High heat and the health risks it presents Central Valley farmworkers are becoming a greater focus for the state's climate and environmental justice advocates.
At a 90-minute online presentation hosted Wednesday morning by Santa Rosa-based The Climate Center, half a dozen speakers highlighted the need to protect outdoor workers from Bakersfield to Stockton amid expectations for more frequent days with temperatures topping 100 degrees.
More than one presenter referenced a 2015 study concluding farmworkers carry risks of heat-related deaths up to 35 times greater than the average worker in the United States. There was also mention of a study released in August by the Union of Concerned Scientists that found more than 7.1 million U.S. workers could lose 10 percent or more of their earnings in the years ahead because of extreme heat.
The dangers of working in high heat have long been a concern in Kern County, and in Sacramento, deaths of outdoor workers during high-heat events have led to the creation of workplace standards forcing employers to provide shade, cool drinking water and rests to workers in need, as well as training and vigilant supervision.
Wednesday's event was a reminder, in one sense, of the health imperative to take steps protecting workers during extreme heat. But by the end, it amounted to a call to action to establish new safeguards on different levels.
The federal government announced last fall it was working on a national safety standard for working in high heat. In California, a bill introduced in February called Assembly Bill 2076 would establish a "chief heat officer" in the governor's office and an Extreme Heat and Community Resilience Program for addressing heat risks and awarding grants for local and regional efforts in support of such efforts, with priority given to vulnerable or disadvantaged communities.
The Climate Center's senior statewide organizer, Marc Victoria, said at Wednesday's online event that the Central Valley is experiencing the worst impacts of rising temperatures, largely as a result of smoke from wildfires. He said the organization wants to prioritize climate justice so that everyone is secure in their future, not just the wealthy.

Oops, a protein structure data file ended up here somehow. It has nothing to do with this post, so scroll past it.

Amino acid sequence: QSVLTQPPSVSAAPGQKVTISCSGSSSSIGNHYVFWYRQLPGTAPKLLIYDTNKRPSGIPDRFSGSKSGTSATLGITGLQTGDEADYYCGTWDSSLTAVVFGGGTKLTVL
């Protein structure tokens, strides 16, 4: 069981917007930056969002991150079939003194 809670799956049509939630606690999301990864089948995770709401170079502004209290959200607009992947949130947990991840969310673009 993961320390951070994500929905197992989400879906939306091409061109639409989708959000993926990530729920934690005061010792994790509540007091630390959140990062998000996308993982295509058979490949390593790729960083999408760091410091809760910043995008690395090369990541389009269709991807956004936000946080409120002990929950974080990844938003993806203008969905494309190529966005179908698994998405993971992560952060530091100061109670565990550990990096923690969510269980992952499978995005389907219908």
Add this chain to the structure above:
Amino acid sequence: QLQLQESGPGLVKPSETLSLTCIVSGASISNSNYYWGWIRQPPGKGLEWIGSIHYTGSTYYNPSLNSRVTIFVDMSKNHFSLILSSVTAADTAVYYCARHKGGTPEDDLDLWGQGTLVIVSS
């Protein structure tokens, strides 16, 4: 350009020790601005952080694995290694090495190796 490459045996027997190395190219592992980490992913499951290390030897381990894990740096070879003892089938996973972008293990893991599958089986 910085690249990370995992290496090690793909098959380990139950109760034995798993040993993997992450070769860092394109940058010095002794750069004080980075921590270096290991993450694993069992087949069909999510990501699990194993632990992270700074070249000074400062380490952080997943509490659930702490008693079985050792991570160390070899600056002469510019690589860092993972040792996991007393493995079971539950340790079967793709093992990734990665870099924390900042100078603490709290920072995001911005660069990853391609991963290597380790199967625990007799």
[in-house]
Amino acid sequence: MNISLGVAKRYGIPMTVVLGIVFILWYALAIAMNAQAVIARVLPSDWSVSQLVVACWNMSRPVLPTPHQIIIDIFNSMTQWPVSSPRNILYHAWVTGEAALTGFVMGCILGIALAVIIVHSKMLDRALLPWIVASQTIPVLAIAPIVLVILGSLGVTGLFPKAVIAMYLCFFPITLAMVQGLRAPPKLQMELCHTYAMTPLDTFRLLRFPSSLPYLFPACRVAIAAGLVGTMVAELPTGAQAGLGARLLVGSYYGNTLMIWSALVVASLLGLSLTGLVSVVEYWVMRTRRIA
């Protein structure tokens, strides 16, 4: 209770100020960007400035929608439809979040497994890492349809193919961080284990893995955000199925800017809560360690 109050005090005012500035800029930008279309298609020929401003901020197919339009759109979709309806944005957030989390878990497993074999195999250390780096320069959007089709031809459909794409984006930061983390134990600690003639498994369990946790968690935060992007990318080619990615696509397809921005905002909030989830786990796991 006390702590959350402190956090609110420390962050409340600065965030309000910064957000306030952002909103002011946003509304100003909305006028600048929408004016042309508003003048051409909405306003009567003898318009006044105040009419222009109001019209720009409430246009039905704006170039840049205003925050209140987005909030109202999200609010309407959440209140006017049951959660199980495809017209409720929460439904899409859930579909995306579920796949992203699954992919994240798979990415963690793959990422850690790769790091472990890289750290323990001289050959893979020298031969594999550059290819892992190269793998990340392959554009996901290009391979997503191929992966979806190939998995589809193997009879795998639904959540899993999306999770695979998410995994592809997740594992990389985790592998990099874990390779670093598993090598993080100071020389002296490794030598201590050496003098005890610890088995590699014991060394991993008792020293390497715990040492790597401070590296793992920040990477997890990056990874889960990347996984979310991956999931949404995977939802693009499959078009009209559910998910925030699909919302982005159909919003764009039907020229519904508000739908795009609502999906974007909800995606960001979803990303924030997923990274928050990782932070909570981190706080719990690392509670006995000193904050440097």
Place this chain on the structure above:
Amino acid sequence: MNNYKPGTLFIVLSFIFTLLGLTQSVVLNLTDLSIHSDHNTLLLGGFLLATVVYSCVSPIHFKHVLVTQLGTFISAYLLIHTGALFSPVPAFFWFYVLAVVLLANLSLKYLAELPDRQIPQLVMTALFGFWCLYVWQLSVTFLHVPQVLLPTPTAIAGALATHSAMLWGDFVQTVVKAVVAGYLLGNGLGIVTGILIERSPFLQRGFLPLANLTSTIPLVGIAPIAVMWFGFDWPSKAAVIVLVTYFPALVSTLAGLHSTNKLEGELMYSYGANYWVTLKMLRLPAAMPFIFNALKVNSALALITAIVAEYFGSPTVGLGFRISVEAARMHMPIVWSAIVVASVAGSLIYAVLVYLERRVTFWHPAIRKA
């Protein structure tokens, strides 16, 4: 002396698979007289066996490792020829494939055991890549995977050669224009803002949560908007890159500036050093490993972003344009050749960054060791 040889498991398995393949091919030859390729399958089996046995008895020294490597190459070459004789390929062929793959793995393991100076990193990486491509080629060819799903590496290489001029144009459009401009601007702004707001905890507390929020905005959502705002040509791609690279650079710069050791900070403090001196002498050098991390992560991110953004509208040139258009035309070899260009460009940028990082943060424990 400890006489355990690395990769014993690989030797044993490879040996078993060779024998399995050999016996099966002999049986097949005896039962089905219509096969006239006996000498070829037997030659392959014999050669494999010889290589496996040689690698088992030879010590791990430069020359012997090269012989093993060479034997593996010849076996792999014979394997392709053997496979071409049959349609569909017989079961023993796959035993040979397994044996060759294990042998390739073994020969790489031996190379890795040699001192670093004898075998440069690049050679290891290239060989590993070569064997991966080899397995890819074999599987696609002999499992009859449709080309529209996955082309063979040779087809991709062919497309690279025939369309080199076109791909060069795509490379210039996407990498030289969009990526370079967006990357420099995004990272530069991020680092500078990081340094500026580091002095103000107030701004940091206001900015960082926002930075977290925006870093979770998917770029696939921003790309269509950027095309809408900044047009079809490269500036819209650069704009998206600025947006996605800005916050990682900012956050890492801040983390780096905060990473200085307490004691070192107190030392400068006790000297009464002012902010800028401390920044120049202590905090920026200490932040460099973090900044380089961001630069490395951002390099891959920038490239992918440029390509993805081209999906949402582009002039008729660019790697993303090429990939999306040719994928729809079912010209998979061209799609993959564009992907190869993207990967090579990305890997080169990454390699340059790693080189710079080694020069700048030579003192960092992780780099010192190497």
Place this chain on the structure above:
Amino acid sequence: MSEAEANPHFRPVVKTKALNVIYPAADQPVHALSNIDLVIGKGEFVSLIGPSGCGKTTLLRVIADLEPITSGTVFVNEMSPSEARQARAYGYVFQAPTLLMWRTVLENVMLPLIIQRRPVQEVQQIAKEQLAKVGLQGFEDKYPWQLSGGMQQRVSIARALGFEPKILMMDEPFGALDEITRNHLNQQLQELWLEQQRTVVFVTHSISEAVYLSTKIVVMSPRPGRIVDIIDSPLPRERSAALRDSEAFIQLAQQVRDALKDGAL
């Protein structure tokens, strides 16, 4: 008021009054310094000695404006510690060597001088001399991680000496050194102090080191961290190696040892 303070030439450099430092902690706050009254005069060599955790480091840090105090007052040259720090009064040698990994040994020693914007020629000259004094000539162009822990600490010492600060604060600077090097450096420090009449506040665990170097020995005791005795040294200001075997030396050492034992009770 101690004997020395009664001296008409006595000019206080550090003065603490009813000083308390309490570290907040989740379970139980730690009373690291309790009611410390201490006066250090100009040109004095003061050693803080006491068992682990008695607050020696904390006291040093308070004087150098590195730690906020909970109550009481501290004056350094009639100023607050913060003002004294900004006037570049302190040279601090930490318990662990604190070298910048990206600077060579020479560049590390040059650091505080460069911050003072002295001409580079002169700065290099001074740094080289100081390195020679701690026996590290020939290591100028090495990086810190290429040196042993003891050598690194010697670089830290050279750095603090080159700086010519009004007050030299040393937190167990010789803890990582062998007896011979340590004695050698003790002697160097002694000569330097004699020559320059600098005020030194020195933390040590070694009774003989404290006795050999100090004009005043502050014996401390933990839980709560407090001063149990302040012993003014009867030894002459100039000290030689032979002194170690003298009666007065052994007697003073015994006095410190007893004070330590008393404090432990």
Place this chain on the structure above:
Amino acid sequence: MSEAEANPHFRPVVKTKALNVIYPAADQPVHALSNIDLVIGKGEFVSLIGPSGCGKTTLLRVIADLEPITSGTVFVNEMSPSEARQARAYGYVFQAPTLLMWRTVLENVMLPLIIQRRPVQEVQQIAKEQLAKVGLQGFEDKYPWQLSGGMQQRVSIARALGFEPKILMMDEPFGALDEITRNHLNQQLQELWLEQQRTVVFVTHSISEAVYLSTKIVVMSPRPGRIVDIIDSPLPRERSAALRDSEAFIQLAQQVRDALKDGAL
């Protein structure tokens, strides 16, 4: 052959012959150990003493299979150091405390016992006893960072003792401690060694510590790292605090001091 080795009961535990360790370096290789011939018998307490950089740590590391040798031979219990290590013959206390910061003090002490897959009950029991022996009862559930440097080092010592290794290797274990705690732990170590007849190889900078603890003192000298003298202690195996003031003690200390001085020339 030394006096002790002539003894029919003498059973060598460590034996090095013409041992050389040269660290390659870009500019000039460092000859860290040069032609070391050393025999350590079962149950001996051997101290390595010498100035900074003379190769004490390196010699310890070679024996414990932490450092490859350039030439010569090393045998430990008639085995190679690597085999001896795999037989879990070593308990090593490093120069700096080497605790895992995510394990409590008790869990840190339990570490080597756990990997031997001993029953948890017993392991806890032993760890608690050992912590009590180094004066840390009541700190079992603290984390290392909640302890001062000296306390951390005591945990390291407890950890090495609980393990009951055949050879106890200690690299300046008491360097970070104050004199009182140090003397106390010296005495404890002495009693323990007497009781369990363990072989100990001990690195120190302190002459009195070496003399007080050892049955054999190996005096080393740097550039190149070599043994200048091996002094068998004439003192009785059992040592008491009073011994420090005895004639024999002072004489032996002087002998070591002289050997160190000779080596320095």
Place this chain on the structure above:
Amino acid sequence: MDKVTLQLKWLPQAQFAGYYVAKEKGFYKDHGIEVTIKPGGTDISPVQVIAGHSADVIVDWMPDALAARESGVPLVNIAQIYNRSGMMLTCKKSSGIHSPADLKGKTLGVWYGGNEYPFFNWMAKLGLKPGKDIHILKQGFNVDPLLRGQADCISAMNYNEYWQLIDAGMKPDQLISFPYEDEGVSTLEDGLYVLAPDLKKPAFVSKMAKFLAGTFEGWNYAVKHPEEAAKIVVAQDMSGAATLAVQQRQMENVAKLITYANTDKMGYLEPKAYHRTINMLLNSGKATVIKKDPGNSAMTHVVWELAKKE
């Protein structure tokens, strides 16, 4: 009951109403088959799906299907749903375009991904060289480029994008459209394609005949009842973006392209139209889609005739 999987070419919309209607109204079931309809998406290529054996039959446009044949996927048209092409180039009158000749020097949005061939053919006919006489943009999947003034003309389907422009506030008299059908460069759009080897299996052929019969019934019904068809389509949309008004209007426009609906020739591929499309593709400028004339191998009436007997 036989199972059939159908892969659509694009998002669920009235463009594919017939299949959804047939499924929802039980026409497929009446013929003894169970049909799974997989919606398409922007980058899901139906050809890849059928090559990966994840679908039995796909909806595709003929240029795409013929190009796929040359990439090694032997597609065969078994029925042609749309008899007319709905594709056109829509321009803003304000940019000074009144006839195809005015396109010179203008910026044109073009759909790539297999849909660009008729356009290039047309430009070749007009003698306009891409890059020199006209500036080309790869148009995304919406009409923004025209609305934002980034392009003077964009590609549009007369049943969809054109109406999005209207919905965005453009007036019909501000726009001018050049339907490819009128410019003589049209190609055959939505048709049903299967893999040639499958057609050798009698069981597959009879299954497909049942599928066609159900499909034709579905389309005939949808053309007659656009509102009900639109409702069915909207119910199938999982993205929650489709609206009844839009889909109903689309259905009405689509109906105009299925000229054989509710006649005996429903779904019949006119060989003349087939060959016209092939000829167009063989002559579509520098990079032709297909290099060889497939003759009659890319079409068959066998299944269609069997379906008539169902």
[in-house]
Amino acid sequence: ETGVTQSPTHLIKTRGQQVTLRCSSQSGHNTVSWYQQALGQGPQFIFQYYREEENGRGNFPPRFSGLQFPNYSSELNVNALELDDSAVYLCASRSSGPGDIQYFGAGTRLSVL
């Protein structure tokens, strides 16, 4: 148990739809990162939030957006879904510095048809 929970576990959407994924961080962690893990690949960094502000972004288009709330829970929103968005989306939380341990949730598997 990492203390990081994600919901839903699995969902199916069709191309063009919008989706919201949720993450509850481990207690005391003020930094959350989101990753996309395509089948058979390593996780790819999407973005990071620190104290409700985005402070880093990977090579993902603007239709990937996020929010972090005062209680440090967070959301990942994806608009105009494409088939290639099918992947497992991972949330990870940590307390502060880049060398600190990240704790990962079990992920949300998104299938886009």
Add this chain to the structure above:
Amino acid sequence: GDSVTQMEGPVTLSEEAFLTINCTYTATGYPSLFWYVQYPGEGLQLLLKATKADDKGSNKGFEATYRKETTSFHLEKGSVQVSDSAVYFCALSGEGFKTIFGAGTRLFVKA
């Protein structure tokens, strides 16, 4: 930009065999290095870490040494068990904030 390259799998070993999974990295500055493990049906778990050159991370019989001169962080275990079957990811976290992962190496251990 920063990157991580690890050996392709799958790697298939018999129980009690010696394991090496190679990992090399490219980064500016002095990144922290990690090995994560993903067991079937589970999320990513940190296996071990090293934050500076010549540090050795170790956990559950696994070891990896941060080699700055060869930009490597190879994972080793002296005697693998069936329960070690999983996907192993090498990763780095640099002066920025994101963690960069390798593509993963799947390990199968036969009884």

Another speaker Wednesday, J. Pablo Ortiz Partida representing the Union of Concerned Scientists, said extreme heat is among the most dangerous aspects of climate change. He noted 2021 was the sixth-hottest year on record and that the intensity and frequency of extreme heat will only increase.
Partida called attention to warm nights as an overlooked concern. They can decrease sleep quality, which can increase fatigue and anxiety while lowering concentration levels. Some in the valley cannot afford air-conditioning, he said, and they don't always want to open their windows at night because of episodes of poor air quality.
Community Development Director Irene Calimlim with the advocacy group Little Manila Rising in Stockton pointed to the problem of "heat islands," defined as urban areas with few trees and disproportionately larger areas of pavement that absorb heat and radiate it back locally, leading to overall hotter temperatures.
Elderly people face some of the greatest risk because their worries about crime may cause them to close their windows at night, Calimlim said. She added that the use of air-conditioning during extreme temperatures can lead to power shutoffs, asthma and allergies can flare up during high heat, and water quality can deteriorate during algal blooms in warm periods.
Elizabeth Strater, director of strategic campaigns at the United Farm Workers union, called heat stress "just one risk factor in a really grueling job," in that early symptoms include a cognitive slowdown that can make workers more susceptible to errors such as falls and cuts.
Landscapers and construction workers can also suffer from heat stress, she noted, but what makes farmworkers particularly vulnerable is the relative isolation in which they work, usually distant from medical treatment.
At even greater risk are farmworkers who get paid by the pound or the number of items they harvest, she said, because they have a financial incentive to push themselves hard despite hot conditions.
Strater reminded the meeting's participants to consider the need for acclimatization: It generally takes two weeks of working in heat outdoors before a person's body gets used to working in such conditions.
She pointed as well to a movement toward holding employers responsible for workers' heat illness in cases where work crews are brought on by farm labor contractors.
"You can't just subcontract your way out of your obligations," Strater said.